Battle for New Orleans, 6 Years After Katrina

Political power has shifted to whites, but blacks have not given up their struggle for a voice -- and justice.

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The anger at the changes in New Orleans' black community is palpable. It comes out at City Council meetings, on local black talk-radio station WBOK and in protests. "Since New Orleans was declared a blank slate, we are the social experimental lab of the world," says Endesha Juakali, a housing-rights activist. However, despite the changes, grassroots resistance continues. "For those of us that lived and are still living the disaster, moving on is not an option," adds Juakali.

Resistance to the dominant agenda has also led to reform of the city's criminal-justice system. But this reform is very different from the others, with leadership coming from African-American residents at the grass roots, including those most affected by both crime and policing.

In the aftermath of Katrina, media images famously depicted poor New Orleanians as criminal and dangerous. In fact, at one point it was announced that rescue efforts were put on hold because of the violence. In response, the second-in-charge of the New Orleans Police Department reportedly told officers to shoot looters, and the governor announced that she had given the National Guard orders to shoot to kill.

Over the following days, police shot and killed several civilians. A police sniper shot a young African American named Henry Glover, and other officers took his body and burned it behind a levee. A 45-year-old grandfather, Danny Brumfield Sr., was shot in the back in front of his family outside the New Orleans convention center.

Two black families -- the Madisons and the Bartholomews -- walking across New Orleans' Danziger Bridge fell under a hail of gunfire from a group of officers. "We had more incidents of police misconduct than civilian misconduct," says former District Attorney Eddie Jordan, who pursued charges against the officers but had the charges thrown out by a judge. "All these stories of looting, it pales next to what the police did."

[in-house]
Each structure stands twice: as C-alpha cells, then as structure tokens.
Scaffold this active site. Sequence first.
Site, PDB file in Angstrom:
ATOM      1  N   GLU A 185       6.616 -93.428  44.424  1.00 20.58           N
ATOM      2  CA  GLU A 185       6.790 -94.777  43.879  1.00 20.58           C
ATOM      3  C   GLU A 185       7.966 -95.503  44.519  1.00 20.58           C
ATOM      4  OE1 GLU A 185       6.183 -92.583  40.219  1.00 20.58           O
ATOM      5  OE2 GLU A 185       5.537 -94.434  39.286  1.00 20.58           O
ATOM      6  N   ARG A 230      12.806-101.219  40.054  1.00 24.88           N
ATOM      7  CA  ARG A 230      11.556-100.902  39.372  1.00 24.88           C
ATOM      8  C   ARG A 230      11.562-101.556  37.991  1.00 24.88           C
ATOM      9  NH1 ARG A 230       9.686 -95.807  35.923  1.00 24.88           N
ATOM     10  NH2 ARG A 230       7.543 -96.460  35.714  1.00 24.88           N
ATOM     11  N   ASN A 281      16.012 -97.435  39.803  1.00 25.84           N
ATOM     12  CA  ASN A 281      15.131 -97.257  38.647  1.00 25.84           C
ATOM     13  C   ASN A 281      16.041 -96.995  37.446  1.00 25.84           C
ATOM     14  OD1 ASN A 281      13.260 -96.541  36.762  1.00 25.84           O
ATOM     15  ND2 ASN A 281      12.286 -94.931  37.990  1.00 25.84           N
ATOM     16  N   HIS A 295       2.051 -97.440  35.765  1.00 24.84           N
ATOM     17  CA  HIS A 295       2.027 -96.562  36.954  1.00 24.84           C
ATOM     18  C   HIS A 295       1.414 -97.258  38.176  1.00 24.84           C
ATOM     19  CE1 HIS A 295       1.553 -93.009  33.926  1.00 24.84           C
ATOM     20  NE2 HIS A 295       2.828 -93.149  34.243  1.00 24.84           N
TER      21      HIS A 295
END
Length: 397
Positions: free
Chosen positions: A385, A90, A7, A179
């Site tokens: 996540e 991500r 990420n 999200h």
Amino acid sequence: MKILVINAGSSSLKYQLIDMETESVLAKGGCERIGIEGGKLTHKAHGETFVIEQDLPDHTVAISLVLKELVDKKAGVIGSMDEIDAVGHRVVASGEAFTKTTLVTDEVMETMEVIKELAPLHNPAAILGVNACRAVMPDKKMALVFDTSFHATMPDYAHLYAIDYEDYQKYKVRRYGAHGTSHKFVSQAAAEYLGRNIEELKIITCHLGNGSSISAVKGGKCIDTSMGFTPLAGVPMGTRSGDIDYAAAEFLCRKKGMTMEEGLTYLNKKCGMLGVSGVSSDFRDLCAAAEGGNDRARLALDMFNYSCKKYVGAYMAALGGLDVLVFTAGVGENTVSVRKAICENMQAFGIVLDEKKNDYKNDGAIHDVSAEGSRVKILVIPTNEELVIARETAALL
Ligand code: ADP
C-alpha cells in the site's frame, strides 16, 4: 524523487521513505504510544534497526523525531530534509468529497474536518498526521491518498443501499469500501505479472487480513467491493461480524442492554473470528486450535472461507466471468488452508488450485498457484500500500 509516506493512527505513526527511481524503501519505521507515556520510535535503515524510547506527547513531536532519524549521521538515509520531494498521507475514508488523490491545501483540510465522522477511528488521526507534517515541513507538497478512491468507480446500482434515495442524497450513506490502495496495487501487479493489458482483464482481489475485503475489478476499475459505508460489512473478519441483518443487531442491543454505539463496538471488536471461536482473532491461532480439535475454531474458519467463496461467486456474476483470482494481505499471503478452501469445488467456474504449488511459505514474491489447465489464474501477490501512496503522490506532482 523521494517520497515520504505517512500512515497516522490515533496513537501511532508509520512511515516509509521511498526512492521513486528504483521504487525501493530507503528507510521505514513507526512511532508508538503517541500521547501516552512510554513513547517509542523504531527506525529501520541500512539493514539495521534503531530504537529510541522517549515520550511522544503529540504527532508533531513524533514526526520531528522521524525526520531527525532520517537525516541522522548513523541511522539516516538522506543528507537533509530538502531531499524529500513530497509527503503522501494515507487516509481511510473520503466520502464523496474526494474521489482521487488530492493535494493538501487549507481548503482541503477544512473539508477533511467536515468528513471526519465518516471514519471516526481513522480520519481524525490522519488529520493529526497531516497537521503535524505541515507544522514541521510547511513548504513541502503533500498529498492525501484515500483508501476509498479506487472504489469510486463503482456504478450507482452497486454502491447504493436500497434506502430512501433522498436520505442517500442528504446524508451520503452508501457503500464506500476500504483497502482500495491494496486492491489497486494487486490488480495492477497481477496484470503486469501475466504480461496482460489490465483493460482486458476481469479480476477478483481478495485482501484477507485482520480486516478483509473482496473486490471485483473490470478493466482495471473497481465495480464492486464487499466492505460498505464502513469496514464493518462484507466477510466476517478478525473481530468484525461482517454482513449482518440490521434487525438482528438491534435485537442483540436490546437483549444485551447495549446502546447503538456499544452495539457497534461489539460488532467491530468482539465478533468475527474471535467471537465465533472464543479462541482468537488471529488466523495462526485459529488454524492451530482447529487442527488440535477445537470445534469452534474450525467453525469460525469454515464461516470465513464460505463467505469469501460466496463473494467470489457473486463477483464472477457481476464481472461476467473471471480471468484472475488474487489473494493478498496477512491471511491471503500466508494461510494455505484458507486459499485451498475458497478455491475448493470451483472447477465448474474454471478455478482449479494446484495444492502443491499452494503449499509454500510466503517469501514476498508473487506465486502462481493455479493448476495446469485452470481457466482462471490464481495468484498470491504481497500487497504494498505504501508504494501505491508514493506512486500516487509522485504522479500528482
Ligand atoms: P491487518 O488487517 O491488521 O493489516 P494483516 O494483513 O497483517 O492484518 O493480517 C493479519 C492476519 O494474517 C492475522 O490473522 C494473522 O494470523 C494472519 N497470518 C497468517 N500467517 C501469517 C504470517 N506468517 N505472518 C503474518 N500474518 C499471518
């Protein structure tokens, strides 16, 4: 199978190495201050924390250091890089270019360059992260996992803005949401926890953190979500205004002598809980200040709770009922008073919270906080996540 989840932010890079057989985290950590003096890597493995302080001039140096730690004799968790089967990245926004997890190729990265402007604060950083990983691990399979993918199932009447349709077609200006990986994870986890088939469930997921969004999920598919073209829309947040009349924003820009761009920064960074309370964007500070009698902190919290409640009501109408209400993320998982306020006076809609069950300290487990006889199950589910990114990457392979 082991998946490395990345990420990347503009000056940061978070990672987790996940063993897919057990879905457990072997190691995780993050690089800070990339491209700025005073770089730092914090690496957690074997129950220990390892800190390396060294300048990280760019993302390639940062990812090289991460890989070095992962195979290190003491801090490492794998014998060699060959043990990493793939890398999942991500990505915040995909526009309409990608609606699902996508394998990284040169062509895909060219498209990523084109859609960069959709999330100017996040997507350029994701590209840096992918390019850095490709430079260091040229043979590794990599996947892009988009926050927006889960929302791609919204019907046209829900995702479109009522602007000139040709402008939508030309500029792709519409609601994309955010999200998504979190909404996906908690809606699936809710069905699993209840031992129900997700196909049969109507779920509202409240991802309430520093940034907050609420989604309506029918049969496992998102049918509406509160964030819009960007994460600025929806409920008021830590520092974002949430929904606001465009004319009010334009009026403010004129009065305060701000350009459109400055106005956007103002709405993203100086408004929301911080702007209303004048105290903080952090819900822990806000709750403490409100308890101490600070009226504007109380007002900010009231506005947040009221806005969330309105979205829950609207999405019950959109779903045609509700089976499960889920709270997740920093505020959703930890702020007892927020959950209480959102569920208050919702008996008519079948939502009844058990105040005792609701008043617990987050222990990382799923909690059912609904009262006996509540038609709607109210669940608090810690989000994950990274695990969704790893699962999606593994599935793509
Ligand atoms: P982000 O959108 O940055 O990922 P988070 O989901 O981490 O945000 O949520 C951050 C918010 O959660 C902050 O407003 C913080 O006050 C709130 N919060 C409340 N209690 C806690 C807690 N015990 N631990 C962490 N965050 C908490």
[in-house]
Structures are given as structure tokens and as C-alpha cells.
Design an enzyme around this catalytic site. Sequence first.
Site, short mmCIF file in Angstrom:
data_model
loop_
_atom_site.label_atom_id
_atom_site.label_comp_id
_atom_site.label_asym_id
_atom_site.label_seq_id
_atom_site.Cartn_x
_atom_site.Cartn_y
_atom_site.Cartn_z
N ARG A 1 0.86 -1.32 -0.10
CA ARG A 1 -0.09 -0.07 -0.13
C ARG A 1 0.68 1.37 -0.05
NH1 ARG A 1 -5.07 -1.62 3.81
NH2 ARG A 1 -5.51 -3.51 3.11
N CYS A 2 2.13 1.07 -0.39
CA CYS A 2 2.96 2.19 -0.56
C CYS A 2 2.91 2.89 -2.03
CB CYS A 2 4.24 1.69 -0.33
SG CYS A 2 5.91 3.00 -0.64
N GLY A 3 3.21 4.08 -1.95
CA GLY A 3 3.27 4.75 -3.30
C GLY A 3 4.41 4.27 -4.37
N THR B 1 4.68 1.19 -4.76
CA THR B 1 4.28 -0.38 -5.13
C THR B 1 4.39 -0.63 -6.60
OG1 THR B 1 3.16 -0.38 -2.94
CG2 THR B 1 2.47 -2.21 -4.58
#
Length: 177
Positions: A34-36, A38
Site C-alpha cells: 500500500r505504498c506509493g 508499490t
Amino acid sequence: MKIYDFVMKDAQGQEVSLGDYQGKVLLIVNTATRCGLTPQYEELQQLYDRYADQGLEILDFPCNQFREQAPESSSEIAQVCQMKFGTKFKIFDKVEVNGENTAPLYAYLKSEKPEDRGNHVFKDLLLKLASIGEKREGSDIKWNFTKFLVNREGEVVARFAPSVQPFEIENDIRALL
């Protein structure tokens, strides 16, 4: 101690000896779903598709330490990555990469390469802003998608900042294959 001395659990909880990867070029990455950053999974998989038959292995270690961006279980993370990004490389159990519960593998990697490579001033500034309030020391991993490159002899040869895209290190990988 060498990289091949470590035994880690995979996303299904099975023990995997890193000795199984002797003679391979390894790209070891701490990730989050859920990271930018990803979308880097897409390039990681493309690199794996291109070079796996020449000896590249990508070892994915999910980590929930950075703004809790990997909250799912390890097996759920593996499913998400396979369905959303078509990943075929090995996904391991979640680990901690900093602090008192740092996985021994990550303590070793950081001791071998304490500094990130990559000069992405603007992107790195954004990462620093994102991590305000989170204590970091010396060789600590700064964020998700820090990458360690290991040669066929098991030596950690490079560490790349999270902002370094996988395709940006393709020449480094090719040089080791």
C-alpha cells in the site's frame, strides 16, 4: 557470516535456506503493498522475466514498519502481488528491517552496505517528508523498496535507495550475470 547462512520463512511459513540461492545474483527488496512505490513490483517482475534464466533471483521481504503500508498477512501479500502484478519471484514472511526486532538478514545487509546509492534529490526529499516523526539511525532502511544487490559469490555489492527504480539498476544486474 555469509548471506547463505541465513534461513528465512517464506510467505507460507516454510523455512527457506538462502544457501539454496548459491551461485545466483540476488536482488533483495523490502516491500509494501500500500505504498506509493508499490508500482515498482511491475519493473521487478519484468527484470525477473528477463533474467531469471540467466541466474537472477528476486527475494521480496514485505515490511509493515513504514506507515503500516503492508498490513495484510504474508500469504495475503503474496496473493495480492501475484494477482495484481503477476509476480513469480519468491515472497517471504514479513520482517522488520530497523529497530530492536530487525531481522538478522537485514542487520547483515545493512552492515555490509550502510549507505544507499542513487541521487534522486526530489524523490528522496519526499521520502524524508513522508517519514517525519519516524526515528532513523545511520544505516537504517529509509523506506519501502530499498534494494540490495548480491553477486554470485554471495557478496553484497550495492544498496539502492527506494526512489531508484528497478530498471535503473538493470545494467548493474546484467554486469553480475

Finally, after more than three years of protests, press conferences and lobbying, the Department of Justice launched aggressive investigations of the Glover, Brumfield and Danziger cases in early 2009. In recent months, three officers were convicted in the Glover killing (although one conviction was overturned), two were convicted of beating a man to death just before the storm, and 10 officers either pleaded guilty or were convicted in the Danziger killing and cover-up. In the Danziger case, the jury found that officers had not only killed two civilians and wounded four, but also engaged in a wide-ranging conspiracy that involved planted evidence, invented witnesses and secret meetings.

The DOJ has at least seven more open investigations into New Orleans police killings and has indicated its plans for more formal oversight of the New Orleans Police Department, as well as the city jail. In this area, New Orleans is also leading the way: In a remarkable change from DOJ policy during the Bush administration, the department is also looking at oversight of police departments in Newark, Denver and Seattle.

In the national struggle against law-enforcement violence, there is much to be learned from the victims of New Orleans police violence, who led a remarkable struggle against a wall of official silence and now have begun to win justice. "This is an opening," explains New Orleans police accountability activist Malcolm Suber. "We have to push for a much more democratic system of policing in the city."

In the closing arguments of the Danziger trial, DOJ prosecutor Bobbi Bernstein fought back against the defense claim that the officers were heroes, saying that the family members of those killed deserved the title more. Noting that the official cover-up had "perverted" the system, she said, "The real heroes are the victims who stayed with an imperfect justice system that initially betrayed them." The jury apparently agreed with her, convicting the officers on all 25 counts.

Jordan Flaherty is a journalist based in New Orleans and the author of the book Floodlines: Community and Resistance From Katrina to the Jena Six.